Amatucci v. Wolfeboro Police Dep't, Doc. No. 212-2013-CV-178 (Carroll Super. Ct., January 3, 2014) (Houran, J.)

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Docket No. 212-2013-CV-178

Josephine Amatucci


Wolfeboro Police Department


Pursuant to Supreme Court Rule 38, Code of Judicial Conduct Rule 2.11, I hereby recuse (disqualify) myself from this proceeding.

This order will also serve as notice to the Clerk that I am henceforth disqualifying myself from all matters concerning Ms. Amatucci.

A judge disqualifying himself or herself from presiding over a specific case or over a litigant's or lawyer's cases is not required to disclose the basis for the disqualification.1 Nonetheless, given the cost and inconvenience to the parties caused by a mid-litigation disqualification such as this, I provide a brief explanation.

All judges experience litigants, often but not always self-represented, who appear before them repeatedly, and I am no exception. All judges experience litigants who, often but not always when their position has not prevailed, make baseless accusations of things such as ex parte communications or judicial conspiracy, and I am no exception. In and of themselves, such factors form no basis for recusal. All judges must, however, be conscious of the possibility that the point may be reached at which the judge can no longer be certain that he or she is being fair to the litigant or the litigant's opposing parties and being impartial in the matters in which the litigant is involved. I have reached that point with this litigant.

Since 2008, I have presided over numerous cases brought by Ms. Amatucci. I have no doubt that I have been scrupulously fair to both Ms. Amatucci and the defendants she has sued in those cases. I also have no doubt that, but for the allegations Ms. Amatucci has made in her [2] recent pleadings in the above-referenced docket, I would be able to continue presiding over her cases impartially and fairly.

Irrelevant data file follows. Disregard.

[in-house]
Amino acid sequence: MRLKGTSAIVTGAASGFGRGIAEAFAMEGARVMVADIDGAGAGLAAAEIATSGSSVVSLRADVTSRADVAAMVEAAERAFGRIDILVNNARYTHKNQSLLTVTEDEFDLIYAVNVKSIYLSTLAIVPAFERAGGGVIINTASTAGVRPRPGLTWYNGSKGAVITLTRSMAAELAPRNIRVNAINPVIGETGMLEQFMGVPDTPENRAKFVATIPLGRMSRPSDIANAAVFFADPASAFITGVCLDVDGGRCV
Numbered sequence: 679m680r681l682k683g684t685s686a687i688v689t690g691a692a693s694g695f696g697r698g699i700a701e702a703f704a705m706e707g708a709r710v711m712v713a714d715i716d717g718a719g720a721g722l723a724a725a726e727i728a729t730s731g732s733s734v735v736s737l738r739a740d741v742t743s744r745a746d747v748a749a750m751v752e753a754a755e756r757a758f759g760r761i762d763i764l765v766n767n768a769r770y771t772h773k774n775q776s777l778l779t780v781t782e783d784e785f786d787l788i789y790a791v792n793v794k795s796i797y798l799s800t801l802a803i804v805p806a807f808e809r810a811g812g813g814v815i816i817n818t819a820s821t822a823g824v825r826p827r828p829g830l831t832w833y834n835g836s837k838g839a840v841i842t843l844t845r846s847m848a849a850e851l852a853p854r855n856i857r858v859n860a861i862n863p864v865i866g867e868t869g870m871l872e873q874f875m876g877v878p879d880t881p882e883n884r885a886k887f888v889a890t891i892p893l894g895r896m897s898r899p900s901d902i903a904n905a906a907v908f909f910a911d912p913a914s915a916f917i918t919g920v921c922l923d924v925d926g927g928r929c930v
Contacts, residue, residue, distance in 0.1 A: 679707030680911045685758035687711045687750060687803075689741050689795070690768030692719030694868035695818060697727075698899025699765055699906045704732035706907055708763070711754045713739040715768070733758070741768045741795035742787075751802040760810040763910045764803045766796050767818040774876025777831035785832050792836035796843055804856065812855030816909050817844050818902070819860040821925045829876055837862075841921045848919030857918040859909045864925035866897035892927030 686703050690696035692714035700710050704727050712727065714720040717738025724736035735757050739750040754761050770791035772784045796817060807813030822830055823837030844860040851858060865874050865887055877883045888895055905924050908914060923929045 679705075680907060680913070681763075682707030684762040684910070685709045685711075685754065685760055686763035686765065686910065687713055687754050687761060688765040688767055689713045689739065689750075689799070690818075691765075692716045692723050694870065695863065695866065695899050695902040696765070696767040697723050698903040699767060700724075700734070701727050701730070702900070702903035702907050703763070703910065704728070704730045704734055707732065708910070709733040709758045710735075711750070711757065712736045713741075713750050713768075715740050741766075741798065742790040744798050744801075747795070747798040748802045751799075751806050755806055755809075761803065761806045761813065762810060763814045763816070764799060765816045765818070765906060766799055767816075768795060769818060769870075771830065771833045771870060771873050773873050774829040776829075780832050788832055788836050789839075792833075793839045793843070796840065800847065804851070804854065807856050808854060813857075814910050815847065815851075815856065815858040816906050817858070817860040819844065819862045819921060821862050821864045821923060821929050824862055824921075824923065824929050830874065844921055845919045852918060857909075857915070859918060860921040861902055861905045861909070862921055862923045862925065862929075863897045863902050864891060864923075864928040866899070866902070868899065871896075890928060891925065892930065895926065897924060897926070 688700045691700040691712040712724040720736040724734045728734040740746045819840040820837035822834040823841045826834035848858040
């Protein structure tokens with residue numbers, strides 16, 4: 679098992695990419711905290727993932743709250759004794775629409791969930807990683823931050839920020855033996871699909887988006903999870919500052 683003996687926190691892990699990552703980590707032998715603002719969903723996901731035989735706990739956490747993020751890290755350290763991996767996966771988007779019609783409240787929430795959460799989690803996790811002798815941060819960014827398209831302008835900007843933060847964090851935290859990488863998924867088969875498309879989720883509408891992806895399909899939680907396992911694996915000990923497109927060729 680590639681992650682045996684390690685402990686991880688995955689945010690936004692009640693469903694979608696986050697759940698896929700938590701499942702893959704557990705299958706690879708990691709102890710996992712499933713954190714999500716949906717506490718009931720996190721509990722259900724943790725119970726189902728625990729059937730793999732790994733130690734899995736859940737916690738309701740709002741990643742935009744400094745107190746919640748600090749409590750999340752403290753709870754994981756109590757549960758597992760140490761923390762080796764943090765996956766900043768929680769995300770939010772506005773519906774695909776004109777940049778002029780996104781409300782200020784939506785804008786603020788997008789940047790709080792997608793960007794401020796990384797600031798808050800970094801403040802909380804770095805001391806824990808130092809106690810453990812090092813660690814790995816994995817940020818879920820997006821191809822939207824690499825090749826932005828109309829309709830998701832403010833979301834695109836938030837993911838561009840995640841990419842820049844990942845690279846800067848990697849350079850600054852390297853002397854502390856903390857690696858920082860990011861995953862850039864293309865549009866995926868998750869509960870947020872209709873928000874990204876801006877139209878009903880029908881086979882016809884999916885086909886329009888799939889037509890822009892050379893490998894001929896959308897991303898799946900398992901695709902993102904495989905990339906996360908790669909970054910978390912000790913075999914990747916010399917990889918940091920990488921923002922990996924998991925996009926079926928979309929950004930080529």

In her recent pleadings in this case Ms. Amatucci has asserted that I have engaged in judicial conspiracy and in ex parte communications with the attorney for the other party.2 These kinds of meritless accusations by an unsuccessful litigant would not typically result in judicial recusal. Here, however, the combination of my experience presiding over prior cases brought by Ms. Amatucci together with the recklessness of her current accusations causes me to be concerned that on a going forward basis I may not be able to maintain the dispassionate impartiality in her cases required of a judge. I therefore disqualify myself effective immediately.

Because I am disqualifying myself while a motion to reconsider my order on the merits is pending without ruling (and because I am now disqualified in this case, it will not be ruled upon) I am vacating my December 3, 2013 order, and notwithstanding the inevitable cost and inconvenience to the parties the merits of the case will need to be considered by a judge other than me.

So ordered.

January 3, 2014    /s/   

Steven M. Houran

Presiding Justice

1 Unless remitting the disqualification to the parties for potential waiver, Rule 2.11(C), which I am not.

2 So that there can be no possibility of any misunderstanding: These assertions are not true.